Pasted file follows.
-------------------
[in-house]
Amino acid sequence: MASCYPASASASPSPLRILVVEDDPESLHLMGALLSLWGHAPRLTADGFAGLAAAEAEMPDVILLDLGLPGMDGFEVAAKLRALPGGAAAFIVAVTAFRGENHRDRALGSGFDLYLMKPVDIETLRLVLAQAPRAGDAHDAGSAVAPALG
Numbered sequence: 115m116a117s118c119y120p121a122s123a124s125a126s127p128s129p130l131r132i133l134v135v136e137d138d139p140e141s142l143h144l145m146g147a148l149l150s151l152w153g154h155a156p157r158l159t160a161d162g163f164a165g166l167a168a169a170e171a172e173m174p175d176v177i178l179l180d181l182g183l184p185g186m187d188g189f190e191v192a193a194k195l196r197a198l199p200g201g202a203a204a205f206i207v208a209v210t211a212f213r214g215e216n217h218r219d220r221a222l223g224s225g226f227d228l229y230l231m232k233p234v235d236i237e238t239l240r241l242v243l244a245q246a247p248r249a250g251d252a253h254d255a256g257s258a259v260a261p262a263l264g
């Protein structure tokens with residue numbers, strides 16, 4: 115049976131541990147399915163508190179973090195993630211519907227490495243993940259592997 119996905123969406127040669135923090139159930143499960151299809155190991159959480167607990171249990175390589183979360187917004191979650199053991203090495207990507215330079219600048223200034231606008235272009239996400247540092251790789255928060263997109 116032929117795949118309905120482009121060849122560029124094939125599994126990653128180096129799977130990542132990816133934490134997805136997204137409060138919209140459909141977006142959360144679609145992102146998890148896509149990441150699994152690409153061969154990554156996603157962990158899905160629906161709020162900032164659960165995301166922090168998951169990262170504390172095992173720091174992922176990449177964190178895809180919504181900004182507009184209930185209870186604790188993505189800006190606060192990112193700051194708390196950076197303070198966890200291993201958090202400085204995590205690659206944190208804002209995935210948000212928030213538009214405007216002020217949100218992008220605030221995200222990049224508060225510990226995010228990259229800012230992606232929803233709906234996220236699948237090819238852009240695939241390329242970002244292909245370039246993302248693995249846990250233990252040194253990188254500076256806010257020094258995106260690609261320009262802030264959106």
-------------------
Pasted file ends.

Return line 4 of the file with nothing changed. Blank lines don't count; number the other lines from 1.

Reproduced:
């Protein structure tokens with residue numbers, strides 16, 4: 115049976131541990147399915163508190179973090195993630211519907227490495243993940259592997 119996905123969406127040669135923090139159930143499960151299809155190991159959480167607990171249990175390589183979360187917004191979650199053991203090495207990507215330079219600048223200034231606008235272009239996400247540092251790789255928060263997109 116032929117795949118309905120482009121060849122560029124094939125599994126990653128180096129799977130990542132990816133934490134997805136997204137409060138919209140459909141977006142959360144679609145992102146998890148896509149990441150699994152690409153061969154990554156996603157962990158899905160629906161709020162900032164659960165995301166922090168998951169990262170504390172095992173720091174992922176990449177964190178895809180919504181900004182507009184209930185209870186604790188993505189800006190606060192990112193700051194708390196950076197303070198966890200291993201958090202400085204995590205690659206944190208804002209995935210948000212928030213538009214405007216002020217949100218992008220605030221995200222990049224508060225510990226995010228990259229800012230992606232929803233709906234996220236699948237090819238852009240695939241390329242970002244292909245370039246993302248693995249846990250233990252040194253990188254500076256806010257020094258995106260690609261320009262802030264959106």